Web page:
MIT engineers create ‘body-on-a-chip’ for drug testing

15 March 2018 (Last Updated March 15th, 2018 11:19)

Engineers at Massachusetts Institute of Technology (MIT) in the US have developed a chip device able to carry tissues extracted from up to ten organs which they will use to test new drugs and their effect on the human body.

MIT engineers create ‘body-on-a-chip’ for drug testing
MIT engineers have designed a microfluidic platform that connects engineered tissue from up to ten organs, allowing them to replicate human-organ interactions. Credit: Felice Frankel.

Engineers at Massachusetts Institute of Technology (MIT) in the US have developed a chip device able to carry tissues extracted from up to ten organs which they will use to test new drugs and their effect on the human body.

The body-on-a-chip/physiome-on-a-chip device is integrated with microfluidic channels that are linked to mimic interactions between various organs.

Researchers expect that the chip could be used as an alternative to animal testing which can be inaccurate when testing medications designed specifically to target human immune systems, such as antibody drugs and immunotherapies.

The device is also intended to help in determining the different side-effects that a drug can have on different organs. This can be difficult to identify when using preclinical models.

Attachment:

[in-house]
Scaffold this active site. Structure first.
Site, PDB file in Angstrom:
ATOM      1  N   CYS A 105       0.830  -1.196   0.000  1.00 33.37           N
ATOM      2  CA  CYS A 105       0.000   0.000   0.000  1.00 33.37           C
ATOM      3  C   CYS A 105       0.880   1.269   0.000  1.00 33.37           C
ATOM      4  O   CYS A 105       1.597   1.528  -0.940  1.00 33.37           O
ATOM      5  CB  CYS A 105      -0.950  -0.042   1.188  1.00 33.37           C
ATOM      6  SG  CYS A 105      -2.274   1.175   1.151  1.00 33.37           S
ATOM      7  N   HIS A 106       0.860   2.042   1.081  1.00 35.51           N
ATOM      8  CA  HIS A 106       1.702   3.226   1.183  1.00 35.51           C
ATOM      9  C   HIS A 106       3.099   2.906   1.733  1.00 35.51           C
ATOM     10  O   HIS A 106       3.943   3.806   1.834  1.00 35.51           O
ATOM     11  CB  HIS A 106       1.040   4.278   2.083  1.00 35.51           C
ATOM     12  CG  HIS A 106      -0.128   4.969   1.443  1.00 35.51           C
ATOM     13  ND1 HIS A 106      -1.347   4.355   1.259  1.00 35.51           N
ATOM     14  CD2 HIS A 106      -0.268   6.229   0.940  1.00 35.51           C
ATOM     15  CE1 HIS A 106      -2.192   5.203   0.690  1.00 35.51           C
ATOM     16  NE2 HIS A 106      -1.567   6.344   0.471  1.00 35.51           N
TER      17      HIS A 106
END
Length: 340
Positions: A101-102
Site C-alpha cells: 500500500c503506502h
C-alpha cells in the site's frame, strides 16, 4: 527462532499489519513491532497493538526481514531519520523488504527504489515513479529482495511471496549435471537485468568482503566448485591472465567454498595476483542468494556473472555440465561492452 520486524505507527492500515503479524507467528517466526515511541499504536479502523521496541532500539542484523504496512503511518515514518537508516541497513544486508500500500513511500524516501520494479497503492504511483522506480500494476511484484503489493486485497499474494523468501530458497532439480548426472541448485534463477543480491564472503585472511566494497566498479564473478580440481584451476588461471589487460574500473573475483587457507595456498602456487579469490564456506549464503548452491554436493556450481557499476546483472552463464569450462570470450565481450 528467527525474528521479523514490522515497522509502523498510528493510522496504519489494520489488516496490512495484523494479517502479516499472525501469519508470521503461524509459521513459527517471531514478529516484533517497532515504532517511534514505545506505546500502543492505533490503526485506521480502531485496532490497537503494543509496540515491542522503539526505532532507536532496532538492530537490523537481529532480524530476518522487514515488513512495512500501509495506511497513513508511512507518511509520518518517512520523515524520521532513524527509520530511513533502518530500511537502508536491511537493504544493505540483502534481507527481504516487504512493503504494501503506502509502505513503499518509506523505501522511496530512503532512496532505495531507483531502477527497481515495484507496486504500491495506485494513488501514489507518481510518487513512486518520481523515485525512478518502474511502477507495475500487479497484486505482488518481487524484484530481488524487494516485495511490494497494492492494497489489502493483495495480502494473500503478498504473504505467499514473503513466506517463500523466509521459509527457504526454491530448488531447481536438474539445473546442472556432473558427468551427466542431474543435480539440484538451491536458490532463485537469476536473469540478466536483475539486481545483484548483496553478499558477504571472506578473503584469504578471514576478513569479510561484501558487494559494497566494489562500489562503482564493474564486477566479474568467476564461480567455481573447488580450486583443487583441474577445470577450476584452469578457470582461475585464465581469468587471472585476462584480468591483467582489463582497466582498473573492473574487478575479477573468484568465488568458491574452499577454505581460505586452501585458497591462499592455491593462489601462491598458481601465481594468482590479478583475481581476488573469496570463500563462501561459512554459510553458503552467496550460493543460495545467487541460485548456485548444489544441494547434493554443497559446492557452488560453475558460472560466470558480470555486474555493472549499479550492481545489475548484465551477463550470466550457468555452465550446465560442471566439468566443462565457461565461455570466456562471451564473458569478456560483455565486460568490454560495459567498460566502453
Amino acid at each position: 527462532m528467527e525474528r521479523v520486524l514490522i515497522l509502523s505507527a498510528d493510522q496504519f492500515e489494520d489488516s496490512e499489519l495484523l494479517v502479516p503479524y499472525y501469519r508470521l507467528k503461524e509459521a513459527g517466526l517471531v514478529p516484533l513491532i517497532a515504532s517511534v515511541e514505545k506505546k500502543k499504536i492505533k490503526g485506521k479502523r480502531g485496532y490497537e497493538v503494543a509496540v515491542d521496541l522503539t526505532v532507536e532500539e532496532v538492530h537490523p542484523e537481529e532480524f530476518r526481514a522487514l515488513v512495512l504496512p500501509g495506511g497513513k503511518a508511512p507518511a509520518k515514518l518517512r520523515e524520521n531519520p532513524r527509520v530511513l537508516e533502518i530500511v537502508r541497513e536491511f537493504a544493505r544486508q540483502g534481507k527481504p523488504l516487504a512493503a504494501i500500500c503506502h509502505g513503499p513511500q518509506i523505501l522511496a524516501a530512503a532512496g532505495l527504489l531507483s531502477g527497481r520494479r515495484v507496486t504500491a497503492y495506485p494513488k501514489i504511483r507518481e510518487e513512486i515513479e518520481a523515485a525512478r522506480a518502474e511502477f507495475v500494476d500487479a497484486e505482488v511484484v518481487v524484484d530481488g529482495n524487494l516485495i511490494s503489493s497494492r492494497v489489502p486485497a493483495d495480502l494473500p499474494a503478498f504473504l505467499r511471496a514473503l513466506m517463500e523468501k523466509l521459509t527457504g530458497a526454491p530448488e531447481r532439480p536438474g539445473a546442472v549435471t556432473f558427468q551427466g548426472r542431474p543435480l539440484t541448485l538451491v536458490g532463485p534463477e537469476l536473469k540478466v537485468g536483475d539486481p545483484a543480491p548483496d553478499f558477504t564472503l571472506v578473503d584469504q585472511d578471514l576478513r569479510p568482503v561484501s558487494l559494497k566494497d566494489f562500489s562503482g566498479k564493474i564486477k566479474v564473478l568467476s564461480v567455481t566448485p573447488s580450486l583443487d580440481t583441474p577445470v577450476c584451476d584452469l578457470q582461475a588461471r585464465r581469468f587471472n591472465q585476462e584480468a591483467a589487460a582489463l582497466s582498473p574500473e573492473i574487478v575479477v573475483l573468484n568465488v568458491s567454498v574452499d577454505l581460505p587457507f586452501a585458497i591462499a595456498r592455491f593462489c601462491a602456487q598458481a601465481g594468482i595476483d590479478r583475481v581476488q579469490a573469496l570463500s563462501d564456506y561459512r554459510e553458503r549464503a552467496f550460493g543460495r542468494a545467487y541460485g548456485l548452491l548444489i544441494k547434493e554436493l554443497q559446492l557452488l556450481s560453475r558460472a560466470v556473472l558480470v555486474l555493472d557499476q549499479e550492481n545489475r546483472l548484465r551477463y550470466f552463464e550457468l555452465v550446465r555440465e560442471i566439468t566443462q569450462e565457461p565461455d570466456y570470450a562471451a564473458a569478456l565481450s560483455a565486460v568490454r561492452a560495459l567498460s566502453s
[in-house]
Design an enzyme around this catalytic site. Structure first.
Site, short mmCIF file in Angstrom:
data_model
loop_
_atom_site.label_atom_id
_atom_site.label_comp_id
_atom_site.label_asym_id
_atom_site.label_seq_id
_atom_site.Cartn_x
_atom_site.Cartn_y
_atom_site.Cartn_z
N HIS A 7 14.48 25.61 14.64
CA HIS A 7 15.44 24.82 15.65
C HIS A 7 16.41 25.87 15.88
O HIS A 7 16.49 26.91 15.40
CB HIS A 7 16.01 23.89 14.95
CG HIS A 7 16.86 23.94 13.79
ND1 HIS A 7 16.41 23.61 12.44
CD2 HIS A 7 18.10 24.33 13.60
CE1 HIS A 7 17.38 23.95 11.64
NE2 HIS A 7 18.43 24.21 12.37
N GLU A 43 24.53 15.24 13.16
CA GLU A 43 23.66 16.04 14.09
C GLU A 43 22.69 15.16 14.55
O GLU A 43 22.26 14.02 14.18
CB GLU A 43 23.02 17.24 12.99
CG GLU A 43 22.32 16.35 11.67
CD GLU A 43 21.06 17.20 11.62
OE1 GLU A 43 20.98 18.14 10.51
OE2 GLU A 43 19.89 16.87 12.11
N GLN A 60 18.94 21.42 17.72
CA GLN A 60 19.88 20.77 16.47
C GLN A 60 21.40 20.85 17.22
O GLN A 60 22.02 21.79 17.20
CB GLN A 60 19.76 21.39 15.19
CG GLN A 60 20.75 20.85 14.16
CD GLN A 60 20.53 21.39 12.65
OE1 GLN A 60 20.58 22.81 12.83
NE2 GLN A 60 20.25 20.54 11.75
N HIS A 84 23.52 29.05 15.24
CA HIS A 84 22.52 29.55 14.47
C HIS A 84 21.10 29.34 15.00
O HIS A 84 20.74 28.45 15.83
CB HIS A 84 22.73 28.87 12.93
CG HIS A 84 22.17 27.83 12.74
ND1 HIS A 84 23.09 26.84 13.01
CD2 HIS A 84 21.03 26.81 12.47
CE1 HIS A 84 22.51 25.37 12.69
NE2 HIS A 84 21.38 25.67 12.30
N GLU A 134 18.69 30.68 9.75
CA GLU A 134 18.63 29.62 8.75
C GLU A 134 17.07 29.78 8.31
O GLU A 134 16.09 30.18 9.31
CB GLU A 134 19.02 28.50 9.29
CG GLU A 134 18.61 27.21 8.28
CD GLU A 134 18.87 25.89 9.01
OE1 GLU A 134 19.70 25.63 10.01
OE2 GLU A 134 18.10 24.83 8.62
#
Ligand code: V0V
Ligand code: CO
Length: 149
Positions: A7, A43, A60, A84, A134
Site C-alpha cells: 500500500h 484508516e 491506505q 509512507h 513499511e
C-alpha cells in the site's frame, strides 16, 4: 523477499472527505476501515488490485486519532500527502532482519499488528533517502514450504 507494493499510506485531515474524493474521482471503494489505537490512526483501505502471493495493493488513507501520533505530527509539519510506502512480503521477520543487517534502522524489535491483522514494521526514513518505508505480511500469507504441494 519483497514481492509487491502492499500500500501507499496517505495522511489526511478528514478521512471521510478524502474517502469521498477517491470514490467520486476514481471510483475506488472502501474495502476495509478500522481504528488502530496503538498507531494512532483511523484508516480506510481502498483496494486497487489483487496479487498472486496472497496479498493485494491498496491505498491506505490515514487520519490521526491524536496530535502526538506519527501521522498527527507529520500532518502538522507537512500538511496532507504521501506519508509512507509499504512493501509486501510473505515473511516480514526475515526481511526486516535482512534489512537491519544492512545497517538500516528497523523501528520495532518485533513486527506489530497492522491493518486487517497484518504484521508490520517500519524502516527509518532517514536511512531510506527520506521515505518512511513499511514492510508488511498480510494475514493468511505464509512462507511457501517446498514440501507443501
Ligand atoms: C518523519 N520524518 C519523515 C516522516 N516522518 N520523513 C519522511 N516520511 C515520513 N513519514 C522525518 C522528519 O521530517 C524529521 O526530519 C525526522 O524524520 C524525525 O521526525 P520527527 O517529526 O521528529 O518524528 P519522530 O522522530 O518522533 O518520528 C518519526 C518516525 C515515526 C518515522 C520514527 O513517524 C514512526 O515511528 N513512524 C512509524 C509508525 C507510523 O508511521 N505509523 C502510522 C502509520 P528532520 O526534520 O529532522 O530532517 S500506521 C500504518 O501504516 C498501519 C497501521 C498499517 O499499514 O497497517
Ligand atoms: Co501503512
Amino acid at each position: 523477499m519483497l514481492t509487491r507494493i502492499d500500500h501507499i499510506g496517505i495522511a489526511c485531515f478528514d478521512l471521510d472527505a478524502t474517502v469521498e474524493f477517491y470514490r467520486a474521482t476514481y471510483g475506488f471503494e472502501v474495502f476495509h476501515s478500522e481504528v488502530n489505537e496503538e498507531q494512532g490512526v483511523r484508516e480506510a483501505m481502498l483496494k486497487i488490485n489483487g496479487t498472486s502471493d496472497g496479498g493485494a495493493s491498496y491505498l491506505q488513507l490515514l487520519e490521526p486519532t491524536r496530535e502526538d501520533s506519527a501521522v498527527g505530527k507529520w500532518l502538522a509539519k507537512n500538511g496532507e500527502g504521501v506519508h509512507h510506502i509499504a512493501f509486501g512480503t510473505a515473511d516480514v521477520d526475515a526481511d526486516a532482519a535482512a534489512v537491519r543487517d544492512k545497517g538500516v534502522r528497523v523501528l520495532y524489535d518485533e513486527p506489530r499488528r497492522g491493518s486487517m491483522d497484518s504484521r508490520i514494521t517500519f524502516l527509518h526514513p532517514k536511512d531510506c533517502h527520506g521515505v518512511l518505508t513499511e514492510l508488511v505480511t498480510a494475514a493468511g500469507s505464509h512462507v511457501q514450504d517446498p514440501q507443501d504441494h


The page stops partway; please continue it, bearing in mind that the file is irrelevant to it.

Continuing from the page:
“Researchers expect that the chip could be used as an alternative to animal testing which can be inaccurate when testing medications designed specifically to target human immune systems.”

MIT School of Engineering professor Linda Griffith said: “Some of these effects are really hard to predict from animal models because the situations that lead to them are idiosyncratic.

“With our chip, you can distribute a drug and then look for the effects on other tissues, and measure the exposure and how it is metabolised.”

In order to develop a precise and rapid model, the researchers created an open microphysiological system (MPS) and incorporated onboard pumps along with microfluidic systems.

These pumps are intended to control liquid flow between the ‘organs’ to reproduce the blood circulation, immune cells and proteins seen in the human body. They additionally enable evaluation of larger engineered tissues such as tumours within an organ.

The MPS can model ten organ types – liver, lung, gut, endometrium, brain, heart, pancreas, kidney, skin, and skeletal muscle, which contain one to two million cells each.

While the tissues cannot exactly replicate a complete organ, they are said to perform a majority of the important functions.

Using these models, the researchers were able to determine the path a drug takes and its metabolism inside the human body, as well as its effect on various tissues.

Currently, Griffith and her team are developing a model system with brain, liver and gastrointestinal tissue to research how gut bacteria impact the development of Parkinson’s disease.